The Painting of Modern Life: Paris in the Art of Manet and his Followers  

From The Art and Popular Culture Encyclopedia

Jump to: navigation, search

Related e

Google
Wikipedia
Wiktionary
Wiki Commons
Wikiquote
Wikisource
YouTube
Shop


Featured:
Train wreck at Montparnasse (October 22, 1895) by Studio Lévy and Sons.
Enlarge
Train wreck at Montparnasse (October 22, 1895) by Studio Lévy and Sons.

The Painting of Modern Life: Paris in the Art of Manet and his Followers (1985) is a book by T. J. Clark. The title is based on the essay by Baudelaire "The Painter of Modern Life".

Product description:

The Paris of the 1860s and 1870s was supposedly a brand new city, equipped with boulevards, cafes, parks and suburban pleasure grounds - the birthplace of those habits of commerce that constitute "modern life". Questioning those who view Impressionism solely in terms of artistic technique, T.J. Clark describes the painting of Manet, Degas, Seurat and others as an attempt to give form to that modernity and seek out its typical representatives - be they barmaids, boaters, prostitutes, sightseers or petits bourgeois lunching on the grass. The central question of the book is this: did modern painting as it came into being celebrate the consumer-oriented culture of the Paris of Napoleon III, or open it to critical scrutiny?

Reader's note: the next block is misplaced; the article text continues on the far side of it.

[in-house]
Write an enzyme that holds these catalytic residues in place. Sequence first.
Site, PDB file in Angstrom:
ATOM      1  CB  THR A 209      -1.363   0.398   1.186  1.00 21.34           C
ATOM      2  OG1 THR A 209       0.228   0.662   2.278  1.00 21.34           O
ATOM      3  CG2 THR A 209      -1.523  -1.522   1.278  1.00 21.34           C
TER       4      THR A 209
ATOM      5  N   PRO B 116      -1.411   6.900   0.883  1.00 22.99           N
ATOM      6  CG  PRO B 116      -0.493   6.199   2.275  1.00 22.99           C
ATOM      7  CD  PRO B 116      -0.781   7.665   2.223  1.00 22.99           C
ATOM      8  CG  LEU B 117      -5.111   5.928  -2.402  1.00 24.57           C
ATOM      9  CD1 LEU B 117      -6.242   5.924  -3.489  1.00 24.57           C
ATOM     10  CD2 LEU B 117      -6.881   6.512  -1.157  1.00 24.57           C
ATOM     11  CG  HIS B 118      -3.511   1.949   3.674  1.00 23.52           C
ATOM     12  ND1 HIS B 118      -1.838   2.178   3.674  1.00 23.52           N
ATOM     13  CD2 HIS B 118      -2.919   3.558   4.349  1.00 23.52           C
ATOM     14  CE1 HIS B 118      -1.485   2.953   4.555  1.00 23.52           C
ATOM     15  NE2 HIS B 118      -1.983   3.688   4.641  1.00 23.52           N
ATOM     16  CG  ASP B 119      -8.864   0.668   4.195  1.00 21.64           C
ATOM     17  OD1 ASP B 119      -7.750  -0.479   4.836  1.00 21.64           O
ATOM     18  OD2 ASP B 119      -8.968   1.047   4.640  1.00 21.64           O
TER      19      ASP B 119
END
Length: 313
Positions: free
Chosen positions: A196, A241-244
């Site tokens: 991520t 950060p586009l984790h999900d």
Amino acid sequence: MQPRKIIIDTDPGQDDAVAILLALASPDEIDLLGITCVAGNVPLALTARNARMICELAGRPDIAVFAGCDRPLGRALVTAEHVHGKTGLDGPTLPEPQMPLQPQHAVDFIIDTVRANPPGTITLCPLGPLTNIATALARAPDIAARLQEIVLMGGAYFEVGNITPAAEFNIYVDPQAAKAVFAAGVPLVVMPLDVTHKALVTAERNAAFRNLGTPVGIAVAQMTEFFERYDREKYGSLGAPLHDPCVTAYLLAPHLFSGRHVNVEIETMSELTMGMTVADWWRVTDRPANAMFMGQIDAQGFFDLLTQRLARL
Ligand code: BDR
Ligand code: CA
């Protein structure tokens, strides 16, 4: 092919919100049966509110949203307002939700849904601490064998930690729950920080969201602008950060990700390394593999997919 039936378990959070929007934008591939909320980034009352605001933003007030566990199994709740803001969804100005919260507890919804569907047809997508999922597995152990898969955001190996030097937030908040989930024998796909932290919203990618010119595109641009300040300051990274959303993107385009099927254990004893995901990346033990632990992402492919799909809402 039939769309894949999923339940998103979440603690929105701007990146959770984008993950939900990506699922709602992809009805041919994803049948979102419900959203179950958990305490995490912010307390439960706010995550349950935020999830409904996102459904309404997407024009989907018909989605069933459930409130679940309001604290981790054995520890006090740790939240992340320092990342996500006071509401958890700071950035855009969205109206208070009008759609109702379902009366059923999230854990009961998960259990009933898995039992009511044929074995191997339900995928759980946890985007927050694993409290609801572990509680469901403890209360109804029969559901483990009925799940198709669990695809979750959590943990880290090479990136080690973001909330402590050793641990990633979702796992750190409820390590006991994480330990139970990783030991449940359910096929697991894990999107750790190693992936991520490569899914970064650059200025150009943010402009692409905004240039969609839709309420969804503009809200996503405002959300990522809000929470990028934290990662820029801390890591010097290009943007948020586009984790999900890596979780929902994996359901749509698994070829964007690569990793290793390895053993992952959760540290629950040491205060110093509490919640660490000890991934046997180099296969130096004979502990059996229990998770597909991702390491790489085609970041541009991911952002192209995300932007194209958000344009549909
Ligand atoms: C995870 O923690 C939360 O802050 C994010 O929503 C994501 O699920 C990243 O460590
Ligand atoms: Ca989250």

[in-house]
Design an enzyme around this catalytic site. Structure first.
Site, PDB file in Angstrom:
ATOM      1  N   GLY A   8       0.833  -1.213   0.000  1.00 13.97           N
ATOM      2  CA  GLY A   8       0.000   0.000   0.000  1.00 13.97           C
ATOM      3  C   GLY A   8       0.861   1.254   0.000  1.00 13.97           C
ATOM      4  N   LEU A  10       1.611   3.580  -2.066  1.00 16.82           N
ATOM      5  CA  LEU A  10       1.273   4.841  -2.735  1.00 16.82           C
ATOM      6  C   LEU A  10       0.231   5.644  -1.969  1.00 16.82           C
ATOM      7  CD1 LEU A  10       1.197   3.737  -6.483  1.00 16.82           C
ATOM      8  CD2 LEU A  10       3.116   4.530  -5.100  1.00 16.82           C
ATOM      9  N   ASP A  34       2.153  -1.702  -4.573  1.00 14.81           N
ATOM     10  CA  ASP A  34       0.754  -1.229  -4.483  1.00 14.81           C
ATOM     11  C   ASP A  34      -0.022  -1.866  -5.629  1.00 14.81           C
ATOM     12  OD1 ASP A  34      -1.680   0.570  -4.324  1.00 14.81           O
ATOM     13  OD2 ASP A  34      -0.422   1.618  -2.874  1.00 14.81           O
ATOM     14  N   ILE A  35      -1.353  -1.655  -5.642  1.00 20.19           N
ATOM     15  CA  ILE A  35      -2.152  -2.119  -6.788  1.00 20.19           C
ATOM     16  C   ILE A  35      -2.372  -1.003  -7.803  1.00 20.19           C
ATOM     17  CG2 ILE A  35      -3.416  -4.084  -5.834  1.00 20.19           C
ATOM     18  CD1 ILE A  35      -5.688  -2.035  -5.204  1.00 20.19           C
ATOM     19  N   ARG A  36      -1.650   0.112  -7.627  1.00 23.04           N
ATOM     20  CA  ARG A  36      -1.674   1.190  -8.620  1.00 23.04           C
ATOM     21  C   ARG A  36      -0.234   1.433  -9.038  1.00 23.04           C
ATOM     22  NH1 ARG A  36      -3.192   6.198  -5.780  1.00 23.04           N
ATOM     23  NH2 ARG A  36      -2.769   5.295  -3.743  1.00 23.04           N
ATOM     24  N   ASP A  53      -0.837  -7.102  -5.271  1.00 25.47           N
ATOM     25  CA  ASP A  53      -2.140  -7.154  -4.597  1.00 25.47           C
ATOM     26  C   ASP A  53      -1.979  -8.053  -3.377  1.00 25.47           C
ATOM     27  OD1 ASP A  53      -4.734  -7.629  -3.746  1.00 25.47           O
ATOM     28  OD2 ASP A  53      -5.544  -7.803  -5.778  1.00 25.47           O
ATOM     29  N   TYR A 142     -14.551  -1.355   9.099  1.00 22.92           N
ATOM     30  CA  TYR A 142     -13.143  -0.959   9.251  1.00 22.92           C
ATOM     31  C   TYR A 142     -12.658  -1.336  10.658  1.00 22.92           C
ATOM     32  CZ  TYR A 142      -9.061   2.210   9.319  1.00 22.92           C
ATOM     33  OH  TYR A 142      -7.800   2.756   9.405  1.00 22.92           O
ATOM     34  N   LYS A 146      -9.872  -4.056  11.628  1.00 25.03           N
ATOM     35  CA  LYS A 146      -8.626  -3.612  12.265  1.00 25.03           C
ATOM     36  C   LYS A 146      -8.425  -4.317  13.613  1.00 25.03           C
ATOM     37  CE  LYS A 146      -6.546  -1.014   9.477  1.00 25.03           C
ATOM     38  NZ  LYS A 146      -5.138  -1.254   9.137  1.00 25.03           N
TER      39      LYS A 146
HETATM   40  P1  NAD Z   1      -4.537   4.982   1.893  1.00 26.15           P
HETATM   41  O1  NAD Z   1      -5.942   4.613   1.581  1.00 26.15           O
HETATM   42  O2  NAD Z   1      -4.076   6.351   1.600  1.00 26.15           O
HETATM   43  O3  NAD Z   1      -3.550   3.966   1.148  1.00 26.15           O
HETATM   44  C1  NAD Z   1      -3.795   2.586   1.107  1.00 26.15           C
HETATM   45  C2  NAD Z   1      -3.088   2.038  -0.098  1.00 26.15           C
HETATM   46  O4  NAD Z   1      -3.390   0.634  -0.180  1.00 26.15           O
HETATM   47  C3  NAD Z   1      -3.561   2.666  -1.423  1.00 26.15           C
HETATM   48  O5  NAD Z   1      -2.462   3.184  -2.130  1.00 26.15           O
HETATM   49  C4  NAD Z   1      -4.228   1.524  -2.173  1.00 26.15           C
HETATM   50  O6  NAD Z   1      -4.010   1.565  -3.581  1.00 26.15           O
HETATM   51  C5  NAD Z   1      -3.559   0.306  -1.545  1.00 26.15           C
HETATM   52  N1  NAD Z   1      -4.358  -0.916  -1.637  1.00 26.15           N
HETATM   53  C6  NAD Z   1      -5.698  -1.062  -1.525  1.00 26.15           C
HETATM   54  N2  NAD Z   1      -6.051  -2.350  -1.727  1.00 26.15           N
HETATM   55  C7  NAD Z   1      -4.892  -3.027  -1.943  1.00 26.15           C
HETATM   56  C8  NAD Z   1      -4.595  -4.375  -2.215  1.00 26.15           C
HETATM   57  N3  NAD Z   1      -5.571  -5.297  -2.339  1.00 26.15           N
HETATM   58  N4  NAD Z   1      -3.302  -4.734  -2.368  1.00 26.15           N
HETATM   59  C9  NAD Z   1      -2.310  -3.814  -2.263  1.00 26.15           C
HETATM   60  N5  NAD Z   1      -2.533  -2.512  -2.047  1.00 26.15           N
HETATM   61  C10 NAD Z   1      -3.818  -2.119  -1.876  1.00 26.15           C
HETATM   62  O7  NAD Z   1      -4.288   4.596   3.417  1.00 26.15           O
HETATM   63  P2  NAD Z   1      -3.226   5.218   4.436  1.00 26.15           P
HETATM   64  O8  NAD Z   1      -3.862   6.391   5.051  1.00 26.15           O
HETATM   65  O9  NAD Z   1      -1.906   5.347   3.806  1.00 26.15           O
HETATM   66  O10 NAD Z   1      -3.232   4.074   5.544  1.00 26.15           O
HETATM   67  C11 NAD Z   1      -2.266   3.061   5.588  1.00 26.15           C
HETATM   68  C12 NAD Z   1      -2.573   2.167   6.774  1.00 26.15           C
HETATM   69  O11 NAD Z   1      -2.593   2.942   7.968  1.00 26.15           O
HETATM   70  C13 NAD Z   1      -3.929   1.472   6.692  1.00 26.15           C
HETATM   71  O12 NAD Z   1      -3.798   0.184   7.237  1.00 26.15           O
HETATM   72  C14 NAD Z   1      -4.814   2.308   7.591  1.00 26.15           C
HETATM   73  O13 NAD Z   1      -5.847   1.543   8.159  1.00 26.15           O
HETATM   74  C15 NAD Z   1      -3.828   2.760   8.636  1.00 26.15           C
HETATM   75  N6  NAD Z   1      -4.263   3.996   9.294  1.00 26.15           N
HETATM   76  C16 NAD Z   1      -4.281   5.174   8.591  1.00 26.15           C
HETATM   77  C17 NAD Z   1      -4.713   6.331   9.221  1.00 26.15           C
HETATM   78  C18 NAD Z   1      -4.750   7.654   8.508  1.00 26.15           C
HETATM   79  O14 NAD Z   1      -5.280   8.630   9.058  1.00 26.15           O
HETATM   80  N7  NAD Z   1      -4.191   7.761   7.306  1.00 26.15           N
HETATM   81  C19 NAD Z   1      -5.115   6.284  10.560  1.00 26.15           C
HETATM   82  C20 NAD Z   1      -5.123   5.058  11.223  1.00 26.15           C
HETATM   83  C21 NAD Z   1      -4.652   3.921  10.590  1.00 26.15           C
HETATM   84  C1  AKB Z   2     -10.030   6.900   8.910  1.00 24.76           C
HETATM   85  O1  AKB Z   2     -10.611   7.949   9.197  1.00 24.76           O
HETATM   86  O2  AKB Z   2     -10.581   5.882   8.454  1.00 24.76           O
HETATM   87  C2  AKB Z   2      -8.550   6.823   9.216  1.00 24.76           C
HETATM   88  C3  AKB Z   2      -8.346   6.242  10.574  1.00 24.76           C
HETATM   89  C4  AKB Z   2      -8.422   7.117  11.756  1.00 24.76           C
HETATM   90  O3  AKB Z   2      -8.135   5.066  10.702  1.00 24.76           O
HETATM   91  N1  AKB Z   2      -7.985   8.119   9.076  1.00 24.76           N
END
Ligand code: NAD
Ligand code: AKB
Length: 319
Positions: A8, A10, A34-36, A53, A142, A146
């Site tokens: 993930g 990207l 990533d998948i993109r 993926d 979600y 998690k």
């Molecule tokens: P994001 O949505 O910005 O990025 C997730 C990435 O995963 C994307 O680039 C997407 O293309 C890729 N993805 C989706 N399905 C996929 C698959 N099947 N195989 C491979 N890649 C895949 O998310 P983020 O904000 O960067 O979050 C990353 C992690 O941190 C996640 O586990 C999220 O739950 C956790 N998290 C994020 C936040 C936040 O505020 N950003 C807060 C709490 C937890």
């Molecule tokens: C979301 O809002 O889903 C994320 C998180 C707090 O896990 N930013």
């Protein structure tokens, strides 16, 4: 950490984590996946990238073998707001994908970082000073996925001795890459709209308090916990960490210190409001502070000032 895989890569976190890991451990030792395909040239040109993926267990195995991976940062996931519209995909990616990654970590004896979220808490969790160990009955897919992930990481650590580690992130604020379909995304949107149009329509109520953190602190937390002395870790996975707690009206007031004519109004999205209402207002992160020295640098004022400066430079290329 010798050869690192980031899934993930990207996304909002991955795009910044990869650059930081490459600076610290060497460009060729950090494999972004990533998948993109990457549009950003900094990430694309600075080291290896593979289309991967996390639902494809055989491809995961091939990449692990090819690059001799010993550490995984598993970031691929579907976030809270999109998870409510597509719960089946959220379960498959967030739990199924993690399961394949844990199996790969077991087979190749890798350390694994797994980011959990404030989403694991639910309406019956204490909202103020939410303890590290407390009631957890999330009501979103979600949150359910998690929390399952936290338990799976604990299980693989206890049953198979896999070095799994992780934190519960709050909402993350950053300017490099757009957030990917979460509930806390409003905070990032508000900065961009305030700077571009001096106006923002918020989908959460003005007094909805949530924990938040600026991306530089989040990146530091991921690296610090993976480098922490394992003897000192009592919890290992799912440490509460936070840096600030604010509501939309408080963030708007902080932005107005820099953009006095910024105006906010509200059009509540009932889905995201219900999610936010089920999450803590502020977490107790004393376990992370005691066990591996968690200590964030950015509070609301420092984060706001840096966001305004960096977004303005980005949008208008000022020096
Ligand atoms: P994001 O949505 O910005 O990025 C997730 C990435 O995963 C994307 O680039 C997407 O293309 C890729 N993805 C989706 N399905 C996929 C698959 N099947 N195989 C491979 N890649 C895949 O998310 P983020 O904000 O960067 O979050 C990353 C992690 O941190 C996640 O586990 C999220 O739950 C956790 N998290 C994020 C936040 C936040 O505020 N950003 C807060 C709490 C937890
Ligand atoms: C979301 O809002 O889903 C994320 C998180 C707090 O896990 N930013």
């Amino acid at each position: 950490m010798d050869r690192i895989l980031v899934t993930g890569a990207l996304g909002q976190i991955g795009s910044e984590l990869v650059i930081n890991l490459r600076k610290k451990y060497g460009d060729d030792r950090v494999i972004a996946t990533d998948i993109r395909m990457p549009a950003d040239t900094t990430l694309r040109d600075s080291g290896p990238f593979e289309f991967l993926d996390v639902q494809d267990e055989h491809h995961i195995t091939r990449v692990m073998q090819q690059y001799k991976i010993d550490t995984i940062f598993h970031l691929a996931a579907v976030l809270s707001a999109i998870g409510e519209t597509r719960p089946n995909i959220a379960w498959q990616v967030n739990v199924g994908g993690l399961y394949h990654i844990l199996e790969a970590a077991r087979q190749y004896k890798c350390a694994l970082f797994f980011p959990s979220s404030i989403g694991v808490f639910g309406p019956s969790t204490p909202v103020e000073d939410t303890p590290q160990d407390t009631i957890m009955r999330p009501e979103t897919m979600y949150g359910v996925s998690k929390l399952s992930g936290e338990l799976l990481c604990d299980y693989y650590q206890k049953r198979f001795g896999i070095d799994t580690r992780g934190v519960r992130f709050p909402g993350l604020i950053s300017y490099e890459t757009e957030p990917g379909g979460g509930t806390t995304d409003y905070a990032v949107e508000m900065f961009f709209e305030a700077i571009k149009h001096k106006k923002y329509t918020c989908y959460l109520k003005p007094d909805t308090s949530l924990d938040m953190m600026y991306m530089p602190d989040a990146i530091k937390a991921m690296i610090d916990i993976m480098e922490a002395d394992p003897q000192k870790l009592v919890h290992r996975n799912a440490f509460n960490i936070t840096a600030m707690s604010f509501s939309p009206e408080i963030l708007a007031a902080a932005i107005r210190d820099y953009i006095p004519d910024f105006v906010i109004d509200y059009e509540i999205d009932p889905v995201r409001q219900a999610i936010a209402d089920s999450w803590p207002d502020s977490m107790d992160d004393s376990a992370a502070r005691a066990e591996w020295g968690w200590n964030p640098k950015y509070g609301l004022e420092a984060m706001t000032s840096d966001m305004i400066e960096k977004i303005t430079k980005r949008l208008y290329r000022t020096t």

Excerpts

"the perfect heroes and heroines of [the] myth of modernity were the petite-bourgeoisie"

See also




Unless indicated otherwise, the text in this article is either based on Wikipedia article "The Painting of Modern Life: Paris in the Art of Manet and his Followers" or another language Wikipedia page thereof used under the terms of the GNU Free Documentation License; or on original research by Jahsonic and friends. See Art and Popular Culture's copyright notice.

Personal tools